A nuclear catastrophe in Ukraine would hit all of Europe hard. The Chancellery was probably warned of radioactive clouds over Germany.
Munich – In the Ukraine war, the Ukrainian military and the troops of Russian ruler Vladimir Putin are fighting heavy battles in Zaporizhia Oblast. Ironically, the largest nuclear power plant in Europe is located there. The entire world fears for the fate of the power plant. At the same time, the Kremlin is stepping up nuclear threats. A nuclear catastrophe in Ukraine would hit Europe particularly hard.
It is precisely this scenario that is apparently discussed at meetings in the Chancellery every Tuesday, according to a report by t-online portrays. Accordingly, the heads of the German intelligence services are presenting Chancellor Wolfgang Schmidt with maps that are intended to show the fall of atomic clouds over Germany.
War in Ukraine: Secret services present maps to the Chancellery – “nuclear clouds within 48 hours”
Much depends on the weather when the panel of experts assesses the nuclear risk. In particular, the wind blowing west in combination with a nuclear catastrophe would throw the entire north-east of Germany up to Scotland into a threatening situation, reported t-online with reference to relevant documents.
The documents of the Federal Office for Radiation Protection are loud t-online even gave a specific time frame: in the event of a nuclear incident in the Ukraine, radioactive clouds would sweep across the whole of Eastern Europe as far as Berlin within 48 hours. In 60 days of the year, this danger is particularly high due to the weather conditions. Four times a day, the Federal Office calculates the spread of possible atomic clouds after a precise assessment of every combat operation and every technical error.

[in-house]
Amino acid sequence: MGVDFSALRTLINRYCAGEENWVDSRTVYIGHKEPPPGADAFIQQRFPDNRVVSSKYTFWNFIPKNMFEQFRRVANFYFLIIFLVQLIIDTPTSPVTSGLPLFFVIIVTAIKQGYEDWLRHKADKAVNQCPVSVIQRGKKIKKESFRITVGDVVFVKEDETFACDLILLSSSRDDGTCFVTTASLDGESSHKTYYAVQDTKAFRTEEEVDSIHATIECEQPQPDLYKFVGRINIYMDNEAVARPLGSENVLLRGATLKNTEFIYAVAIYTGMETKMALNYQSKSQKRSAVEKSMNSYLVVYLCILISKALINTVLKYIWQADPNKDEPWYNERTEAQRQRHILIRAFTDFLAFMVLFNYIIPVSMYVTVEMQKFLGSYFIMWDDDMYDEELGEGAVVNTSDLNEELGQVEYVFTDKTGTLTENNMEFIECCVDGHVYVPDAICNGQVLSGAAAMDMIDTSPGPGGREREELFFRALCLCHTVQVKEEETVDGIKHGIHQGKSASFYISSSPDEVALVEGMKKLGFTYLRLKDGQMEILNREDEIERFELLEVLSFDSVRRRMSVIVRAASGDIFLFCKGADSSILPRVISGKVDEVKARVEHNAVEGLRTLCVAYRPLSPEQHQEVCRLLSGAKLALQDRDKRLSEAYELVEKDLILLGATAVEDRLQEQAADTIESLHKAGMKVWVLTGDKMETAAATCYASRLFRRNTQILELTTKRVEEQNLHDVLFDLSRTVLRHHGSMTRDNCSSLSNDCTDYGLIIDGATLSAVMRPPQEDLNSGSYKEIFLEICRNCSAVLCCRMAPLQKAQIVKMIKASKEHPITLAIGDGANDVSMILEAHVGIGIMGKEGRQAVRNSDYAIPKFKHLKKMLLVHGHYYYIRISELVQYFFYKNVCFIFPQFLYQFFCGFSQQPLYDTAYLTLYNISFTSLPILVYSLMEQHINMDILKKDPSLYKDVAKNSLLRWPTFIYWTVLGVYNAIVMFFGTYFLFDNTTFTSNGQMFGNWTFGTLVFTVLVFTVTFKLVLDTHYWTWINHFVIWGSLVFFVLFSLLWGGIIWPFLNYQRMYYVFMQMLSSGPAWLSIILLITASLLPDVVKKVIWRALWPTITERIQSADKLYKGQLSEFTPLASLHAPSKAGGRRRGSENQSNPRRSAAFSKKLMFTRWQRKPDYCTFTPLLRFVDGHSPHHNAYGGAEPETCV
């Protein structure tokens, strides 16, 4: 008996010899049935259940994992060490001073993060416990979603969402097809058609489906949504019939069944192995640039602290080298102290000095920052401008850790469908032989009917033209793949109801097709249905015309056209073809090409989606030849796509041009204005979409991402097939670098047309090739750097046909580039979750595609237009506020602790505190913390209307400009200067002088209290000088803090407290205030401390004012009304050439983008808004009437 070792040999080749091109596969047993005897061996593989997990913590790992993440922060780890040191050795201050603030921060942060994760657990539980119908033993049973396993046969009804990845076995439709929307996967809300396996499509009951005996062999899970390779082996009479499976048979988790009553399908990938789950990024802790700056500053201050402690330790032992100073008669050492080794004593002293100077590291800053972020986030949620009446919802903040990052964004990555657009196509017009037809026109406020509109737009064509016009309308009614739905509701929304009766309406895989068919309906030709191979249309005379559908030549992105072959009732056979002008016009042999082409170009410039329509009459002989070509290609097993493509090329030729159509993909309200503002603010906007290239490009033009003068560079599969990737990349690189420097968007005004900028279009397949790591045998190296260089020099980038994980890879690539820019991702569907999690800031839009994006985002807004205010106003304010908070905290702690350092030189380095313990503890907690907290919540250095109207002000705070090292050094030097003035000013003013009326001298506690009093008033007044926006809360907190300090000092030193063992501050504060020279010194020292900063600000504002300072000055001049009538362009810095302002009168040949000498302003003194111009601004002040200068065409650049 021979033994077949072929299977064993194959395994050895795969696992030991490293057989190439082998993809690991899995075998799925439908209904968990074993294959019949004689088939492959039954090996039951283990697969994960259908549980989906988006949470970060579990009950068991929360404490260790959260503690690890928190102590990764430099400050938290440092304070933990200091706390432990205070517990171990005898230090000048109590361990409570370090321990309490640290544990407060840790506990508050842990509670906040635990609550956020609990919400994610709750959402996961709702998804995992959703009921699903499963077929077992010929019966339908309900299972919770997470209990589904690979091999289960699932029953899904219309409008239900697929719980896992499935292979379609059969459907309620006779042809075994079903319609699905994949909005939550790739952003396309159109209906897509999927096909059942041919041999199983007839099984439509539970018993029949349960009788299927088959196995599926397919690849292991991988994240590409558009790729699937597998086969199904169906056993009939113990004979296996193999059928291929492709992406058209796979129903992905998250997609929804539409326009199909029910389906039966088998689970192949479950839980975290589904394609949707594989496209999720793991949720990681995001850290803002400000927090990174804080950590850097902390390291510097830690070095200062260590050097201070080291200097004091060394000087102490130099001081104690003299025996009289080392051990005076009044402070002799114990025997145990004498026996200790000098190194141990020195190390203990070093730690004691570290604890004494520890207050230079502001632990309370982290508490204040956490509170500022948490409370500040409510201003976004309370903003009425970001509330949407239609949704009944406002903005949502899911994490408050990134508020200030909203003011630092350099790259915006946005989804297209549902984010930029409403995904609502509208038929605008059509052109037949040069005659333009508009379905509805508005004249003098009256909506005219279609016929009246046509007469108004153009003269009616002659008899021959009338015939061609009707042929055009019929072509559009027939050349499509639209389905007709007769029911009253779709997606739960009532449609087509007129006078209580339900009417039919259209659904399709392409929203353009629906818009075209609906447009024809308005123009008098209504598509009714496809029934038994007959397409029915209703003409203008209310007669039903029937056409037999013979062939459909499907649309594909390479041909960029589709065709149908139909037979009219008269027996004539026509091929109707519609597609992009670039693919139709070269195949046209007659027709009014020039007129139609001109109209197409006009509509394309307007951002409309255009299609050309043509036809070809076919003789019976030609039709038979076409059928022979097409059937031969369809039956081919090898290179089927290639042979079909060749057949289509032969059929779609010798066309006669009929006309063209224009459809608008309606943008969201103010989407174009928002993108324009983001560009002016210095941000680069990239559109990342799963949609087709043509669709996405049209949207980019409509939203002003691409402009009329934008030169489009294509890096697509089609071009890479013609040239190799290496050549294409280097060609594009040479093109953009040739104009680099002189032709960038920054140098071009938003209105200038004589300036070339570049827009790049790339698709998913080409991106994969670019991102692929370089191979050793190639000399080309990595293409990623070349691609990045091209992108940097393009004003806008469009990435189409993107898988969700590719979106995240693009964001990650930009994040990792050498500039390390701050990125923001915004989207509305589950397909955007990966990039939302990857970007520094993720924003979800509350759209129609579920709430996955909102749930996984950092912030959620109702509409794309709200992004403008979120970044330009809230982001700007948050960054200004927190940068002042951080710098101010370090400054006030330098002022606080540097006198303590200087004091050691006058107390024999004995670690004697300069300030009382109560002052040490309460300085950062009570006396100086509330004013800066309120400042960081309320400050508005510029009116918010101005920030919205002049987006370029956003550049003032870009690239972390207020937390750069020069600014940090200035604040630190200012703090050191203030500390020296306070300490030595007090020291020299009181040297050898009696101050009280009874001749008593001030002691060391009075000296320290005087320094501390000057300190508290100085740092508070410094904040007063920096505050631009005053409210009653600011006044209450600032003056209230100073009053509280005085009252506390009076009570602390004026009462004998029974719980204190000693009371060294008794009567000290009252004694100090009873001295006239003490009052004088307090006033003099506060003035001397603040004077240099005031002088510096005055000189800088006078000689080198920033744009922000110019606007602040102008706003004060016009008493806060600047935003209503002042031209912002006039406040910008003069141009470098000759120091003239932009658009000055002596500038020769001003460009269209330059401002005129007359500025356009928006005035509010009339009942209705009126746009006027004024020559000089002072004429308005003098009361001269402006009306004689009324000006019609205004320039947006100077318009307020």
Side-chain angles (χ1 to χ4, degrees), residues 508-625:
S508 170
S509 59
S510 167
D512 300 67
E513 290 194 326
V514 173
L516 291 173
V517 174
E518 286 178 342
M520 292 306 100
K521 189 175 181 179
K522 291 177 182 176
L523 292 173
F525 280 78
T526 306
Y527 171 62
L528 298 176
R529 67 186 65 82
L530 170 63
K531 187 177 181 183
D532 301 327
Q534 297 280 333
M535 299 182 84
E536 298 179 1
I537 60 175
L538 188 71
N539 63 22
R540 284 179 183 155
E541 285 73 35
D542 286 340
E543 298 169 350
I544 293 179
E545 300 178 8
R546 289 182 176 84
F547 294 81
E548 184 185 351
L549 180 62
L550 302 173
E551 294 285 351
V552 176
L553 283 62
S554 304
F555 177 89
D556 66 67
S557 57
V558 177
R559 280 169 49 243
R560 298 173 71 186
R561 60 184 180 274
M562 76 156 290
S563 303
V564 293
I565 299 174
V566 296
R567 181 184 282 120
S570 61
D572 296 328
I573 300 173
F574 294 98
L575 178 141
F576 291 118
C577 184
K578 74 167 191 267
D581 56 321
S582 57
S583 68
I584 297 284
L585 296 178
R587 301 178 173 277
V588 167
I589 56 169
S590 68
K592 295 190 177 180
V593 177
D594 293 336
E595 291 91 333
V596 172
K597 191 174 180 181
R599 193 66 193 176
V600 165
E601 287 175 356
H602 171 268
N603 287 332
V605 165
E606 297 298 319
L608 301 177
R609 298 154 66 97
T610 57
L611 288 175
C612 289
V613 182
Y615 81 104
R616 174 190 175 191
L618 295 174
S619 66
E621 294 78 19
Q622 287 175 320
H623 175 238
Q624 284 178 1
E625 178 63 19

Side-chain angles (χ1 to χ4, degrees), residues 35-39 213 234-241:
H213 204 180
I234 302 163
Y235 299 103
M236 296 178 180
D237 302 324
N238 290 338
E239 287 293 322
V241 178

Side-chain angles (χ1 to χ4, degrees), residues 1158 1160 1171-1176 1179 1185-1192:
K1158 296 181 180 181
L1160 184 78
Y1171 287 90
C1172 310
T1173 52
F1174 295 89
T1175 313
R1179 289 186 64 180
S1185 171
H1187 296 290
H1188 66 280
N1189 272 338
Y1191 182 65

Ukraine War: Atomic Clouds? – “Hazard analysis” by the Federal Office for Radiation Protection
According to internal documents of the Federal Office, a meeting on September 6th in the Chancellery was not only about the potential spread of atomic clouds, but also about the effects t-online. At the meeting with the heads of the intelligence services, the assessments revolved around Germany’s emergency system, which was introduced after the Chernobyl disaster in 1986.
The key word here is: “risk analysis”. After all, radiant particles from radioactive clouds would affect almost everything from rain to food production to baby food to dairy and agricultural products. According to the report, the Federal Office for Radiation Protection works every day to identify possible risks as part of this analysis.
War in Ukraine: Reactor cooling systems vital to Zaporizhia’s safety
According to the Federal Office’s files, whether the dreaded catastrophe in Zaporizhia will actually occur depends on the power supply of the nuclear power plant. According to documents from the Federal Office for Radiation Protection, some of the power lines that supply the reactor cooling systems were already damaged in the clashes in early September.
“Due to hostilities on 09/02/22, the connection of the last of the original four external main power lines was interrupted,” quoted t-online from the report of the Federal Office. Three reserve lines had also been “intermittently interrupted”. The safety of the largest nuclear power plant in Europe is therefore still on the razor’s edge. (bb)
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